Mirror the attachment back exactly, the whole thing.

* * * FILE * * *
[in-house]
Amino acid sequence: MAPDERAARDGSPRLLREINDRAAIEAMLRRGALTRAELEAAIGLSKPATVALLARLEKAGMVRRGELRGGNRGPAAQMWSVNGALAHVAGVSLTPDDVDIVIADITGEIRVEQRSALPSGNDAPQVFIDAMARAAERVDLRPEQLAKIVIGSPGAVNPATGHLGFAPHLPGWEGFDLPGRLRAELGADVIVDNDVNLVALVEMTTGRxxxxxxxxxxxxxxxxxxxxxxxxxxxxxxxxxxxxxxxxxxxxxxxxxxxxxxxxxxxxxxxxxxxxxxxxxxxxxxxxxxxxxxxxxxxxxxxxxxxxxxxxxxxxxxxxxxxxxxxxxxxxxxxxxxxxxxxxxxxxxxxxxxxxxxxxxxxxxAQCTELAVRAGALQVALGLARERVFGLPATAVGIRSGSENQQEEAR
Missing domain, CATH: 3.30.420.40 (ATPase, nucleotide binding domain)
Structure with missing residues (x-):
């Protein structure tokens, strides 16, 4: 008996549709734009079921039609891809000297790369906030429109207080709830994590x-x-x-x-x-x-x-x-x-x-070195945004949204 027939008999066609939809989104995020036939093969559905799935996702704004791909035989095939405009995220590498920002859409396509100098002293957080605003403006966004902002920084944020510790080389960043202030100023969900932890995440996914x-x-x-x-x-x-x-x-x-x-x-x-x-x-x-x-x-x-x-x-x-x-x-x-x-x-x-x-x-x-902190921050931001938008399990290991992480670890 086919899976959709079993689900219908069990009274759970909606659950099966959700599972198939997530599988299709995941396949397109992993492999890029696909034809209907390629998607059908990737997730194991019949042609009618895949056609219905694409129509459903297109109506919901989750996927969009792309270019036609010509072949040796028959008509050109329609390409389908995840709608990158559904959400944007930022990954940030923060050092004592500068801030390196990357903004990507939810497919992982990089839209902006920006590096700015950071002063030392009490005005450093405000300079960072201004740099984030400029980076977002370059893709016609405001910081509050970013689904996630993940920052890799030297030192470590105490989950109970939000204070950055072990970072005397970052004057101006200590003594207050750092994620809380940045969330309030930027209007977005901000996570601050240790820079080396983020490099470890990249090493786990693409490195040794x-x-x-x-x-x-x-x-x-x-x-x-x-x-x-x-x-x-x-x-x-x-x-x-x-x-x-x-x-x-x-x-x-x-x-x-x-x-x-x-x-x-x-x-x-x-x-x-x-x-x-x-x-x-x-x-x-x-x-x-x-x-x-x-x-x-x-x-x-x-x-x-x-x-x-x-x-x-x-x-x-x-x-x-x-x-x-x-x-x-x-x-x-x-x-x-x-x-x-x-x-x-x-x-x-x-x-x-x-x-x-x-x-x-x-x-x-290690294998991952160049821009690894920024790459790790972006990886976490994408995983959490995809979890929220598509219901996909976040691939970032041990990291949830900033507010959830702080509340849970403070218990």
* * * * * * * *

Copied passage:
[in-house]
Amino acid sequence: MAPDERAARDGSPRLLREINDRAAIEAMLRRGALTRAELEAAIGLSKPATVALLARLEKAGMVRRGELRGGNRGPAAQMWSVNGALAHVAGVSLTPDDVDIVIADITGEIRVEQRSALPSGNDAPQVFIDAMARAAERVDLRPEQLAKIVIGSPGAVNPATGHLGFAPHLPGWEGFDLPGRLRAELGADVIVDNDVNLVALVEMTTGRxxxxxxxxxxxxxxxxxxxxxxxxxxxxxxxxxxxxxxxxxxxxxxxxxxxxxxxxxxxxxxxxxxxxxxxxxxxxxxxxxxxxxxxxxxxxxxxxxxxxxxxxxxxxxxxxxxxxxxxxxxxxxxxxxxxxxxxxxxxxxxxxxxxxxxxxxxxxxAQCTELAVRAGALQVALGLARERVFGLPATAVGIRSGSENQQEEAR
Missing domain, CATH: 3.30.420.40 (ATPase, nucleotide binding domain)
Structure with missing residues (x-):
């Protein structure tokens, strides 16, 4: 008996549709734009079921039609891809000297790369906030429109207080709830994590x-x-x-x-x-x-x-x-x-x-070195945004949204 027939008999066609939809989104995020036939093969559905799935996702704004791909035989095939405009995220590498920002859409396509100098002293957080605003403006966004902002920084944020510790080389960043202030100023969900932890995440996914x-x-x-x-x-x-x-x-x-x-x-x-x-x-x-x-x-x-x-x-x-x-x-x-x-x-x-x-x-x-902190921050931001938008399990290991992480670890 086919899976959709079993689900219908069990009274759970909606659950099966959700599972198939997530599988299709995941396949397109992993492999890029696909034809209907390629998607059908990737997730194991019949042609009618895949056609219905694409129509459903297109109506919901989750996927969009792309270019036609010509072949040796028959008509050109329609390409389908995840709608990158559904959400944007930022990954940030923060050092004592500068801030390196990357903004990507939810497919992982990089839209902006920006590096700015950071002063030392009490005005450093405000300079960072201004740099984030400029980076977002370059893709016609405001910081509050970013689904996630993940920052890799030297030192470590105490989950109970939000204070950055072990970072005397970052004057101006200590003594207050750092994620809380940045969330309030930027209007977005901000996570601050240790820079080396983020490099470890990249090493786990693409490195040794x-x-x-x-x-x-x-x-x-x-x-x-x-x-x-x-x-x-x-x-x-x-x-x-x-x-x-x-x-x-x-x-x-x-x-x-x-x-x-x-x-x-x-x-x-x-x-x-x-x-x-x-x-x-x-x-x-x-x-x-x-x-x-x-x-x-x-x-x-x-x-x-x-x-x-x-x-x-x-x-x-x-x-x-x-x-x-x-x-x-x-x-x-x-x-x-x-x-x-x-x-x-x-x-x-x-x-x-x-x-x-x-x-x-x-x-x-290690294998991952160049821009690894920024790459790790972006990886976490994408995983959490995809979890929220598509219901996909976040691939970032041990990291949830900033507010959830702080509340849970403070218990």